Whittier Tech Students Use Music Therapy to Help Those with Alzheimer’s Disease


Left to right: Allasandra Thompson, Emily Shal, Wingate resident Lucy Meade, who told the girls she likes love songs, and Larissa Havey. (Courtesy Photo Whittier Tech)



HAVERHILL — Three health occupation students at Whittier Tech are using music therapy as a way to help patients with Alzheimer’s disease communicate with family and friends.

After watching “Alive Inside” — a film that follows Dan Cohen, founder of the nonprofit organization Music & Memory, as he works to combat memory loss in patients through the use of music — juniors Allasandra Thompson, of Haverhill, Larissa Havey, of Amesbury and Emily Shal, of Amesbury, wanted to replicate the process.

They contacted Cohen, and with his assistance, received training over the summer to implement the program at Wingate at Haverhill that involves using music to help residents with Alzheimer’s and dementia relive memories that were thought to be lost. On Feb. 14, the three friends spent a portion of their afternoon at Wingate to train staff and meet residents.

“Our goal is to for residents to experience and retain memories through music therapy, and at the same time to have their families see their loved ones have these memories and come to life,” Shal said.

In the first phase of the project, Wingate staff, along with Thompson, Havey and Shal, will work with five residents. Following the completion of training, family members of Wingate residents will meet with the group to assist with compiling a list of songs from their childhood to be used in the therapy. Once complete, the songs will be downloaded onto an iPod that will then be used as a resource tool for staff to help them communicate with patients and improve their quality of life.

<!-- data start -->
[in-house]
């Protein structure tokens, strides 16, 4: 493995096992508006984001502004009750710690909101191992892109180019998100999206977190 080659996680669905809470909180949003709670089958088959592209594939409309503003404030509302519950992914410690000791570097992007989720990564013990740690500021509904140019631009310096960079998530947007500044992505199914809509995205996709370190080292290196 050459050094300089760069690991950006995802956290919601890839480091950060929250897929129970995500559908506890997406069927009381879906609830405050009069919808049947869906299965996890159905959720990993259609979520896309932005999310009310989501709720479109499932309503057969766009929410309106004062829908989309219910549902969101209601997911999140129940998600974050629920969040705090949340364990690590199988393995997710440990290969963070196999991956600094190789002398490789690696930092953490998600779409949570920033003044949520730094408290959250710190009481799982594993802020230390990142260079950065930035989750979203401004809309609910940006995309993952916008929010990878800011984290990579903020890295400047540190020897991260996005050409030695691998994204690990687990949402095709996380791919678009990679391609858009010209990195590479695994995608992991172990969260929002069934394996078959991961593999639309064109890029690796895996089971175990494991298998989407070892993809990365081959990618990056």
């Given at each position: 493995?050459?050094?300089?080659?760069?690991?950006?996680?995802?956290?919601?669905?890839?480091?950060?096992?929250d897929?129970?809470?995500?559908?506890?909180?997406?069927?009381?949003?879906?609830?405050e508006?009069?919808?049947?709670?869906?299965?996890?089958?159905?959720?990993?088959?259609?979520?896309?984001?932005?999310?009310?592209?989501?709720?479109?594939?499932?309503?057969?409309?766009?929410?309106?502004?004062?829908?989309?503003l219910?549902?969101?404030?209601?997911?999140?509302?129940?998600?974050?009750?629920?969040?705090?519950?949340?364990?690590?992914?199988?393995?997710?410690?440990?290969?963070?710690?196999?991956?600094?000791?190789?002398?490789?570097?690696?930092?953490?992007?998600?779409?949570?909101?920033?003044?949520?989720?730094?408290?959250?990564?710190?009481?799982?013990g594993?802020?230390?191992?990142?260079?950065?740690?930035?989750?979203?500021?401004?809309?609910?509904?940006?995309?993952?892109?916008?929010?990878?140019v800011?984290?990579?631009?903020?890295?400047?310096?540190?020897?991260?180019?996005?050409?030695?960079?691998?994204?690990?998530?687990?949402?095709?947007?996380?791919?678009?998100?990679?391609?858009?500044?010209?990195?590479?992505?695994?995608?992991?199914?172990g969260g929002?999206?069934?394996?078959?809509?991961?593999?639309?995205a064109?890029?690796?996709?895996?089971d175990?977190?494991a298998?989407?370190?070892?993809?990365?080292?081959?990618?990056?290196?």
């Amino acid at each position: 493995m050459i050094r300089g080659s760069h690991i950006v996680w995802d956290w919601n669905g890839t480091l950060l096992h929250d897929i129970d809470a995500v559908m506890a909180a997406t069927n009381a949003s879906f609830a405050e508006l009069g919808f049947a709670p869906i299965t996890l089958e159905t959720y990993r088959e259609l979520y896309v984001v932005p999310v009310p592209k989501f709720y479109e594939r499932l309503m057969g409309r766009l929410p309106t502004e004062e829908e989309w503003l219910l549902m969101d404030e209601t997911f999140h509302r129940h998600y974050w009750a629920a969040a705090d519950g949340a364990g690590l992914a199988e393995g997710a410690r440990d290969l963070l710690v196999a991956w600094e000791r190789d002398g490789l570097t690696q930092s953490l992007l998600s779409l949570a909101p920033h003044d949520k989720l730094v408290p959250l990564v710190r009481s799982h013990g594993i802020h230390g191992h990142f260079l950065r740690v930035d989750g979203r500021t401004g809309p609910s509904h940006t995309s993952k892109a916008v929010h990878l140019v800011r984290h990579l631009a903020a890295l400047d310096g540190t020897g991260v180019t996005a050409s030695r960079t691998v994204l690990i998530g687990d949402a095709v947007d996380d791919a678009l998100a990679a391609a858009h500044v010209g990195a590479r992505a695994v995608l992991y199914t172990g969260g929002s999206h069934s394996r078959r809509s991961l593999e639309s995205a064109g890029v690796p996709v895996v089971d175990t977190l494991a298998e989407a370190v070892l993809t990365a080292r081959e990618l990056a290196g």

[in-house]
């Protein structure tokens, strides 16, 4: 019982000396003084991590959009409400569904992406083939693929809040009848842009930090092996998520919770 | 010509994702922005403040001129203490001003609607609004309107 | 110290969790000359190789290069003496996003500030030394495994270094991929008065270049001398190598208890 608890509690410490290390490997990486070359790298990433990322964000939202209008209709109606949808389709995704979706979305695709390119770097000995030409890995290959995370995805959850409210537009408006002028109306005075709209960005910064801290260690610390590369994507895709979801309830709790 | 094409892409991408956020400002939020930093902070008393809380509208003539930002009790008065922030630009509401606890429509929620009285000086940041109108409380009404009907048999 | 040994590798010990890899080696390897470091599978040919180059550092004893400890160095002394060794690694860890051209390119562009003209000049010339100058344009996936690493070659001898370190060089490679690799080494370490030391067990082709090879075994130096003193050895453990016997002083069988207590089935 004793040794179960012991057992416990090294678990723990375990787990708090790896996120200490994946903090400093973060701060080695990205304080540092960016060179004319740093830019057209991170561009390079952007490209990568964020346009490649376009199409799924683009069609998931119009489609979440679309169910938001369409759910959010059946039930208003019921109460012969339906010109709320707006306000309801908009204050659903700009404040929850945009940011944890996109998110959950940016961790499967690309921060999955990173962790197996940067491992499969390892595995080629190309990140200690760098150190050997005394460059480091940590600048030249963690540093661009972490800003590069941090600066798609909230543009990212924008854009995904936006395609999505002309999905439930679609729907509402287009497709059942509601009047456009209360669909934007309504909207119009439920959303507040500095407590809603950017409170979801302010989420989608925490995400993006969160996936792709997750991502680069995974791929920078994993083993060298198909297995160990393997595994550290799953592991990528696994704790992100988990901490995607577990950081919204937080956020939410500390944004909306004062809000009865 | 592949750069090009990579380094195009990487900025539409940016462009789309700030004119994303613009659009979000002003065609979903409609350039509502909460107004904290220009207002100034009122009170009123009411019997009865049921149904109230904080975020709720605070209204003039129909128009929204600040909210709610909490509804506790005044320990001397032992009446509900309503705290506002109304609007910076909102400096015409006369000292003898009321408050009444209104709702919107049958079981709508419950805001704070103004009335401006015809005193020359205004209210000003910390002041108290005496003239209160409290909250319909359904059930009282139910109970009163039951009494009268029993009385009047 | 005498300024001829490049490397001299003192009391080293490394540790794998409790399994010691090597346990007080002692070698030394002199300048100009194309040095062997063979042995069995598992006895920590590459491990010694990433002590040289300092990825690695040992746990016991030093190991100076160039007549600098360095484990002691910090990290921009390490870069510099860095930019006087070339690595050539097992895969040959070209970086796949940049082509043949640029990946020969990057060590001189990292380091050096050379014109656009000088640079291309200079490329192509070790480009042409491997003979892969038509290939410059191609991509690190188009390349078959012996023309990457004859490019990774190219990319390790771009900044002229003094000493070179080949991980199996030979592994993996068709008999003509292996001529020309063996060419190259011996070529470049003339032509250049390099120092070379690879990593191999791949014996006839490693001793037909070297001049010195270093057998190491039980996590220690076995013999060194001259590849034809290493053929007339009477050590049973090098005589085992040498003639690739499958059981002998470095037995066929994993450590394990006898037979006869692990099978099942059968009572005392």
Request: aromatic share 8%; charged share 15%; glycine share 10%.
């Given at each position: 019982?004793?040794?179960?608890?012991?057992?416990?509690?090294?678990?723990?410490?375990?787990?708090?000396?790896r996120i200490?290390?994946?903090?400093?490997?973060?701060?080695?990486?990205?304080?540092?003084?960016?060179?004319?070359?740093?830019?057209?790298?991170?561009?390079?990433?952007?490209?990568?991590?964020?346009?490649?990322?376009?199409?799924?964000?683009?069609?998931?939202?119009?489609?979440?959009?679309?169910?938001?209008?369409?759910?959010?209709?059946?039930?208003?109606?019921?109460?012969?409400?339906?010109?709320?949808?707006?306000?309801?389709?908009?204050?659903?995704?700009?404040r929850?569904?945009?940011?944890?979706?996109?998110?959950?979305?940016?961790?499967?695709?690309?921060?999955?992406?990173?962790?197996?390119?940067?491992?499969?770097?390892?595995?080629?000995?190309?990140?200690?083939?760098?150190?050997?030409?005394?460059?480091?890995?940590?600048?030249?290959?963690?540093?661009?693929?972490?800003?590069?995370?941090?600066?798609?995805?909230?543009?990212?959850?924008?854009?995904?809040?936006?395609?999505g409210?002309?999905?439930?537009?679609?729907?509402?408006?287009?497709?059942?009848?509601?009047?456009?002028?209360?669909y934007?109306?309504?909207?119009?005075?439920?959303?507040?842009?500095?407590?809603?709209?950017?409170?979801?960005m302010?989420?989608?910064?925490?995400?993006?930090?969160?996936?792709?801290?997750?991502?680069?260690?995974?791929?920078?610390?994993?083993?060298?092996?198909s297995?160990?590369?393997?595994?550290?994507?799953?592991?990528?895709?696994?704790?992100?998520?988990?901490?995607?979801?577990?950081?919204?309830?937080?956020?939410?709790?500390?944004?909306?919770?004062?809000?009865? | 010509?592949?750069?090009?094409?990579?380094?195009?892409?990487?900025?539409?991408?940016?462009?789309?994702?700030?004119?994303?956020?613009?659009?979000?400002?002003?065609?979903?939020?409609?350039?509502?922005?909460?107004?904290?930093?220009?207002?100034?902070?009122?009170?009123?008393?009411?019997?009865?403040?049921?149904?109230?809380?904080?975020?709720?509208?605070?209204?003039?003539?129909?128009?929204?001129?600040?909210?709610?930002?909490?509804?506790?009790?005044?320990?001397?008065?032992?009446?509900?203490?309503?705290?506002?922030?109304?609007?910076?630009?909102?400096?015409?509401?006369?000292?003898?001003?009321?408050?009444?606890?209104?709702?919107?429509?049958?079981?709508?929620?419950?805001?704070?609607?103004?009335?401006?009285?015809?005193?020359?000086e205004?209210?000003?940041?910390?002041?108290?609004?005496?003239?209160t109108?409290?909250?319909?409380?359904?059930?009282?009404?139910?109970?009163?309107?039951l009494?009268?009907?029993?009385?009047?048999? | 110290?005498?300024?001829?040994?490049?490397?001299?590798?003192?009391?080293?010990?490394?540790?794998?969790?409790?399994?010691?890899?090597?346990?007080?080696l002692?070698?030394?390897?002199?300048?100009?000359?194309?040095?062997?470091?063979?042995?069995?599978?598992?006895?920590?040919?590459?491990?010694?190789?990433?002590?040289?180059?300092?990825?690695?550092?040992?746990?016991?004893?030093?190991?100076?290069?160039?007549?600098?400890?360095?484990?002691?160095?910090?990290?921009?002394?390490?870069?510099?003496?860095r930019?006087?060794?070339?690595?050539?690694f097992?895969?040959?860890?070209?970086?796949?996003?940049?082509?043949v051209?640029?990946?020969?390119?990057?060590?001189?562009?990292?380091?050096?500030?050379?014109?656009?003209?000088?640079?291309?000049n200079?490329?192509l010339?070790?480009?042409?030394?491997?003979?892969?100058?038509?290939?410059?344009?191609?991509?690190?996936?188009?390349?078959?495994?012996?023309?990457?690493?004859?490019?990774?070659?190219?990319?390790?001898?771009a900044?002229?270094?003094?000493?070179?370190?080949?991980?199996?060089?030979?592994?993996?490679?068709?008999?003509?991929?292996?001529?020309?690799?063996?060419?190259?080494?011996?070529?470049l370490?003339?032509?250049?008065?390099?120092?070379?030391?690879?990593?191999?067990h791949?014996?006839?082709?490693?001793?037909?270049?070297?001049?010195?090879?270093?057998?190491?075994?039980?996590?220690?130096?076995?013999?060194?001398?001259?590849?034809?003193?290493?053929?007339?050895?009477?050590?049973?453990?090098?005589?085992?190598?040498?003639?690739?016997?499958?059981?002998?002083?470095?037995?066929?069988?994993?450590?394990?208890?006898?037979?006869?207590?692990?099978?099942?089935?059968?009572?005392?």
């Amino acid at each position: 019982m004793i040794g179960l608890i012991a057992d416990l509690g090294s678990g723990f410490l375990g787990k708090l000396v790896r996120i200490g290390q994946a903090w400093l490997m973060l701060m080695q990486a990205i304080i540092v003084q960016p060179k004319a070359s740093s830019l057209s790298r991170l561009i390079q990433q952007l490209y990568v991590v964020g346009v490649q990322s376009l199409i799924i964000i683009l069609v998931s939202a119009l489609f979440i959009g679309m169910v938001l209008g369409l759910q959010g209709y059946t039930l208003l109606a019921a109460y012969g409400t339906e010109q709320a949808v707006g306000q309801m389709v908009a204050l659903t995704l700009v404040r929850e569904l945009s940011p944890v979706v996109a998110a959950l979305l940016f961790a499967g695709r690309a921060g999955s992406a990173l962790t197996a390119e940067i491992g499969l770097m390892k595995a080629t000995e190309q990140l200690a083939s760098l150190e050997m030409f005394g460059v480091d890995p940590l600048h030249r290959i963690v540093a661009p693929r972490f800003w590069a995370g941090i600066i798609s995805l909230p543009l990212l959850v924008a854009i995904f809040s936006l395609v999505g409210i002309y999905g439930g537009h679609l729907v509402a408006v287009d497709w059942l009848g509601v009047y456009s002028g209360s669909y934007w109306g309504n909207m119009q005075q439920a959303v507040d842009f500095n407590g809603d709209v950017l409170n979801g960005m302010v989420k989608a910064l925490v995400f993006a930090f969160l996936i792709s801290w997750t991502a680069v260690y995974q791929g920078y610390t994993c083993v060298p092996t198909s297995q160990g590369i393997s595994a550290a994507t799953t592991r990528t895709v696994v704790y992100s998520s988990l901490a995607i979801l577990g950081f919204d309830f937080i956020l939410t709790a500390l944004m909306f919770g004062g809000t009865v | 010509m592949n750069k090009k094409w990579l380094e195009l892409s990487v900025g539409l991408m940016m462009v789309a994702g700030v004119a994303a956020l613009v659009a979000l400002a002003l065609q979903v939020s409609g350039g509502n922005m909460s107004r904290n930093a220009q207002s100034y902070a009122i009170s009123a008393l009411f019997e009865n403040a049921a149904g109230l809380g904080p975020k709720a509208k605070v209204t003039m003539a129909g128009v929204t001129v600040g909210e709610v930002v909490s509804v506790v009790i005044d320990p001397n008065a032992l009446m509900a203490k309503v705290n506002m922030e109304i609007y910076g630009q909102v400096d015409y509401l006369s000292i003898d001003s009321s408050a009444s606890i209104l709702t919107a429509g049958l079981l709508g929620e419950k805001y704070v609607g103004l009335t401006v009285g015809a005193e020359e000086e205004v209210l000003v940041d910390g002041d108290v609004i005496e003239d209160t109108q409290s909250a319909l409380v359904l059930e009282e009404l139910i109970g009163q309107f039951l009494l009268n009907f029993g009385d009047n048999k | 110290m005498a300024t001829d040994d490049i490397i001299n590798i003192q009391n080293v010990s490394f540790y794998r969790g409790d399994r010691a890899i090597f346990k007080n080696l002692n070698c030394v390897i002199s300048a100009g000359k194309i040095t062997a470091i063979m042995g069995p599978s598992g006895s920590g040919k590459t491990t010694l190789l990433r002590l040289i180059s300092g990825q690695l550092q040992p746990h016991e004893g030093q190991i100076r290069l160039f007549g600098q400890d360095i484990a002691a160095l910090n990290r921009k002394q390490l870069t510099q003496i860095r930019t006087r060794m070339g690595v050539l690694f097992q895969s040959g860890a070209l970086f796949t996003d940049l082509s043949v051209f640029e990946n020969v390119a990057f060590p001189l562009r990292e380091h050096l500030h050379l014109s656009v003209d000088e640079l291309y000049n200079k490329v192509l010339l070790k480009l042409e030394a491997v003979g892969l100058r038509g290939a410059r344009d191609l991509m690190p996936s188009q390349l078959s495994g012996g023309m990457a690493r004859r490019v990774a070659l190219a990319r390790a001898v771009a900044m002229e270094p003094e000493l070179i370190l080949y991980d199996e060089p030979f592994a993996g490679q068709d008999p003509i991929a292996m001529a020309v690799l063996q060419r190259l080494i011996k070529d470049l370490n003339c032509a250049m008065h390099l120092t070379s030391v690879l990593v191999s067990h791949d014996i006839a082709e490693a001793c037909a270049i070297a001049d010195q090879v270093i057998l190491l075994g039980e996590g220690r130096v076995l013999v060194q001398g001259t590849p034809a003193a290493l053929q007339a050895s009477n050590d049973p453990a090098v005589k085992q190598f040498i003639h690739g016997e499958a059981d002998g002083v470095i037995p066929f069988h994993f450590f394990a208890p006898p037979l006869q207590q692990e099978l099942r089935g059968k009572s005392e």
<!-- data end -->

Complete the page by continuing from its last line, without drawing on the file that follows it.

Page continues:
“We know that as human beings we relate our identity to music,” said Health Occupations Teacher Jane Moskevitz. “We can’t cure Alzheimer’s disease or dementia, but through this program we can bring some relief to patients and give them a way to connect to the world again.”

To secure funding for training materials and to purchase iPods, Thompson, Havey and Shal held a fundraiser at Flatbread Company in Amesbury, where they raised $1,675. Wingate staff will also be holding an iPod drive to ensure that all 42 residents in the Alzheimer’s and dementia unit can partake in music therapy. The music in memory program at Wingate will also serve as the girls’ submission into the SkillsUSA competition this spring.

Tom Duggan

Tom Duggan

Tom Duggan is president and publisher of The Valley Patriot Newspaper in North Andover, Massachusetts. He is an author, host of the Paying Attention TV/Radio Program, lectures on media bias and police issues, is a former Lawrence School Committeeman, former political director for Mass. Citizens Alliance, and a 1990 Police Survivor. You can email your comments to

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2 Responses to Whittier Tech Students Use Music Therapy to Help Those with Alzheimer’s Disease

  1. Suzanne Lyon Reply

    February 22, 2018 at 11:37 AM

    We certainly do relate our identity to music and it can help spark memories to remind people with dementia who they are. A tool proven useful is called a LifeSongs recordable scrapbook. It’s a portable memory book you can put 12 pages of photos in plus record 12 favorite songs. Go to to order.

  2. Pingback: Music therapy for Alzheimer's - Alzheimer HeadlinesAlzheimer Headlines

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